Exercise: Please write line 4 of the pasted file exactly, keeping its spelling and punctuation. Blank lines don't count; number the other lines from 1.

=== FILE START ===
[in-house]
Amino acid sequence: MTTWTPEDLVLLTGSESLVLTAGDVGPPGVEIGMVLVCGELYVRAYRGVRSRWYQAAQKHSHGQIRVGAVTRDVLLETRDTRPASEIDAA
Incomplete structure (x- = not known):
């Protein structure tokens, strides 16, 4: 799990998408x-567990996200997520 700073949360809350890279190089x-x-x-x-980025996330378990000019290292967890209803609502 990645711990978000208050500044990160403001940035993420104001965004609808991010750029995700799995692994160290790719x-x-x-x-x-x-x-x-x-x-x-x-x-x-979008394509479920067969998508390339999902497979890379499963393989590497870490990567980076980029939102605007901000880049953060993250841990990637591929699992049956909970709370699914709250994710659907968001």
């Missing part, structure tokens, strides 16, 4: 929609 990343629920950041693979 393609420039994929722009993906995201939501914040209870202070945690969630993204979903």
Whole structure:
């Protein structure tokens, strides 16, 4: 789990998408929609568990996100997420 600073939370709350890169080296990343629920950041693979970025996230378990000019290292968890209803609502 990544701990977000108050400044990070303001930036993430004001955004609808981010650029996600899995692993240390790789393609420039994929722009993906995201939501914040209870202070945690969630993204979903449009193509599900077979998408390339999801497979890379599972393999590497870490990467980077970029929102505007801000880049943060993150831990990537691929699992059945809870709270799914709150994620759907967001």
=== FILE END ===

């Protein structure tokens, strides 16, 4: 799990998408x-567990996200997520 700073949360809350890279190089x-x-x-x-980025996330378990000019290292967890209803609502 990645711990978000208050500044990160403001940035993420104001965004609808991010750029995700799995692994160290790719x-x-x-x-x-x-x-x-x-x-x-x-x-x-979008394509479920067969998508390339999902497979890379499963393989590497870490990567980076980029939102605007901000880049953060993250841990990637591929699992049956909970709370699914709250994710659907968001």